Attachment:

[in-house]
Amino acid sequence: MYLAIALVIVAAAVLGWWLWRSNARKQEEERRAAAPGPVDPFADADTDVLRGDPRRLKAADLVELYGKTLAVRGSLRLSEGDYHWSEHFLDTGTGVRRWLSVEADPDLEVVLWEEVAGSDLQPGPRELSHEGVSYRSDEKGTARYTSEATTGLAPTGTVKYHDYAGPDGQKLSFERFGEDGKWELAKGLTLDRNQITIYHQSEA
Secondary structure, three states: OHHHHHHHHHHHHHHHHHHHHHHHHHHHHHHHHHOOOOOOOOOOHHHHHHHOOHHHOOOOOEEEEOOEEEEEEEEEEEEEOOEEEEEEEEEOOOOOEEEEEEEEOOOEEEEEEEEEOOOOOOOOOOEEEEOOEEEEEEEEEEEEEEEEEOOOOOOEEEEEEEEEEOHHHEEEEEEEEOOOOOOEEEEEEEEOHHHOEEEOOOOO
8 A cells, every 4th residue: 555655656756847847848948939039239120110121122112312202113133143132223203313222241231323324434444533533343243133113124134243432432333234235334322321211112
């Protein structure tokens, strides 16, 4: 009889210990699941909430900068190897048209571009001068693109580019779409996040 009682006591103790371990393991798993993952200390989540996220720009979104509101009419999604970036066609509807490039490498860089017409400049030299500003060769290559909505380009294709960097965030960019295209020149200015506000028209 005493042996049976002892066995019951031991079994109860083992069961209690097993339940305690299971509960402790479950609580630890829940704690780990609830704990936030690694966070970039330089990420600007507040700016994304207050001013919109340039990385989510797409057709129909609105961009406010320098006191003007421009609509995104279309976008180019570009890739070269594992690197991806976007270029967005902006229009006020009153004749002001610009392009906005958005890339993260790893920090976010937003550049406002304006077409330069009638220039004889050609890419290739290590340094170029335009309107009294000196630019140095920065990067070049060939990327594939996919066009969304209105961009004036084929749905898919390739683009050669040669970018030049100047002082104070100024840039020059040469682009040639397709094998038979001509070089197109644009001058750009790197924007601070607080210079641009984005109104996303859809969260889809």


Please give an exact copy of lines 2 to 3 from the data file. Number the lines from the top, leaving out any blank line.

Amino acid sequence: MYLAIALVIVAAAVLGWWLWRSNARKQEEERRAAAPGPVDPFADADTDVLRGDPRRLKAADLVELYGKTLAVRGSLRLSEGDYHWSEHFLDTGTGVRRWLSVEADPDLEVVLWEEVAGSDLQPGPRELSHEGVSYRSDEKGTARYTSEATTGLAPTGTVKYHDYAGPDGQKLSFERFGEDGKWELAKGLTLDRNQITIYHQSEA
Secondary structure, three states: OHHHHHHHHHHHHHHHHHHHHHHHHHHHHHHHHHOOOOOOOOOOHHHHHHHOOHHHOOOOOEEEEOOEEEEEEEEEEEEEOOEEEEEEEEEOOOOOEEEEEEEEOOOEEEEEEEEEOOOOOOOOOOEEEEOOEEEEEEEEEEEEEEEEEOOOOOOEEEEEEEEEEOHHHEEEEEEEEOOOOOOEEEEEEEEOHHHOEEEOOOOO